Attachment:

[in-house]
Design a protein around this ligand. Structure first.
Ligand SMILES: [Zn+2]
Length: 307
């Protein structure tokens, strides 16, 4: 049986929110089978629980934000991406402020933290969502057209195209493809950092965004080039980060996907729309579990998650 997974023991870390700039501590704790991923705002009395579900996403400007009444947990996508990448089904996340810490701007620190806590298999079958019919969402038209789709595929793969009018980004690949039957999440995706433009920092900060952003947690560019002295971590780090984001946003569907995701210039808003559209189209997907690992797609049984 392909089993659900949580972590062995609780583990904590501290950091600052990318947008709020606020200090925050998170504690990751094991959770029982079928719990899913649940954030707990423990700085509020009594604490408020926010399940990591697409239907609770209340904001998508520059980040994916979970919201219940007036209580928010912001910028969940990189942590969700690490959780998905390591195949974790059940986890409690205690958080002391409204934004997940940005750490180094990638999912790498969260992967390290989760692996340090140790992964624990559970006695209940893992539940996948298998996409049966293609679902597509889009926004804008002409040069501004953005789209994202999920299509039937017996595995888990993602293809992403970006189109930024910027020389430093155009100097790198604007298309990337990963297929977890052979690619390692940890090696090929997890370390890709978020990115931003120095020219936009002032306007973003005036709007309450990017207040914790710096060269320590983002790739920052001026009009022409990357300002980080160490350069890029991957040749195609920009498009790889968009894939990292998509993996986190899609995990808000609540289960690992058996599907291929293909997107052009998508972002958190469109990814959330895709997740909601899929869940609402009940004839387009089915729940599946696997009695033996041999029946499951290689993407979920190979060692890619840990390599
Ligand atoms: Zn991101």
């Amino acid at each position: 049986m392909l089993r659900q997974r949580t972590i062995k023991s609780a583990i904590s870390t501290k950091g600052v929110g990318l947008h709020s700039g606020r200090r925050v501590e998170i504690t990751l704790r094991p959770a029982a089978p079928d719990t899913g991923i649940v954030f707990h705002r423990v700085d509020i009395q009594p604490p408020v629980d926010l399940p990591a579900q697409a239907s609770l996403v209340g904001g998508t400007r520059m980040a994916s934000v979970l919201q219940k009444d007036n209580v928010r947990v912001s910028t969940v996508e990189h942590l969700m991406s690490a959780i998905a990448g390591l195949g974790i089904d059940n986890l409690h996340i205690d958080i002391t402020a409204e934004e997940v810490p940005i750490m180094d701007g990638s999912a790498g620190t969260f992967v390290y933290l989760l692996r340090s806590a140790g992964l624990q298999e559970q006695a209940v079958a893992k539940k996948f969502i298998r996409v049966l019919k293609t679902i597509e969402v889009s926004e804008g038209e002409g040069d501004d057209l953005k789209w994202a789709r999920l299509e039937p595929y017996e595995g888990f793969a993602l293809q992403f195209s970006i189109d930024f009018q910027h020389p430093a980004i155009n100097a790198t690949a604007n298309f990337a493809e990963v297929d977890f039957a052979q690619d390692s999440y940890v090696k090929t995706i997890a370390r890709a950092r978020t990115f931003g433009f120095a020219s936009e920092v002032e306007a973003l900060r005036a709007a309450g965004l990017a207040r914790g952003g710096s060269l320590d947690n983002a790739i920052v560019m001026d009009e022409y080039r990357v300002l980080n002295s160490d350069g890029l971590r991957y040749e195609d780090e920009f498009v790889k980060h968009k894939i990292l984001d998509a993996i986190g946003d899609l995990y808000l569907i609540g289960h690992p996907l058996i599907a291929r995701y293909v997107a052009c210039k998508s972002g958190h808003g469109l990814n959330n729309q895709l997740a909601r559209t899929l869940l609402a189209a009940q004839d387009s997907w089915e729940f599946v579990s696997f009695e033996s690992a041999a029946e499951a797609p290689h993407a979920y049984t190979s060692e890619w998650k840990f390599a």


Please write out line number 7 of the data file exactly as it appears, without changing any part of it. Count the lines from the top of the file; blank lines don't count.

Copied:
């Amino acid at each position: 049986m392909l089993r659900q997974r949580t972590i062995k023991s609780a583990i904590s870390t501290k950091g600052v929110g990318l947008h709020s700039g606020r200090r925050v501590e998170i504690t990751l704790r094991p959770a029982a089978p079928d719990t899913g991923i649940v954030f707990h705002r423990v700085d509020i009395q009594p604490p408020v629980d926010l399940p990591a579900q697409a239907s609770l996403v209340g904001g998508t400007r520059m980040a994916s934000v979970l919201q219940k009444d007036n209580v928010r947990v912001s910028t969940v996508e990189h942590l969700m991406s690490a959780i998905a990448g390591l195949g974790i089904d059940n986890l409690h996340i205690d958080i002391t402020a409204e934004e997940v810490p940005i750490m180094d701007g990638s999912a790498g620190t969260f992967v390290y933290l989760l692996r340090s806590a140790g992964l624990q298999e559970q006695a209940v079958a893992k539940k996948f969502i298998r996409v049966l019919k293609t679902i597509e969402v889009s926004e804008g038209e002409g040069d501004d057209l953005k789209w994202a789709r999920l299509e039937p595929y017996e595995g888990f793969a993602l293809q992403f195209s970006i189109d930024f009018q910027h020389p430093a980004i155009n100097a790198t690949a604007n298309f990337a493809e990963v297929d977890f039957a052979q690619d390692s999440y940890v090696k090929t995706i997890a370390r890709a950092r978020t990115f931003g433009f120095a020219s936009e920092v002032e306007a973003l900060r005036a709007a309450g965004l990017a207040r914790g952003g710096s060269l320590d947690n983002a790739i920052v560019m001026d009009e022409y080039r990357v300002l980080n002295s160490d350069g890029l971590r991957y040749e195609d780090e920009f498009v790889k980060h968009k894939i990292l984001d998509a993996i986190g946003d899609l995990y808000l569907i609540g289960h690992p996907l058996i599907a291929r995701y293909v997107a052009c210039k998508s972002g958190h808003g469109l990814n959330n729309q895709l997740a909601r559209t899929l869940l609402a189209a009940q004839d387009s997907w089915e729940f599946v579990s696997f009695e033996s690992a041999a029946e499951a797609p290689h993407a979920y049984t190979s060692e890619w998650k840990f390599a």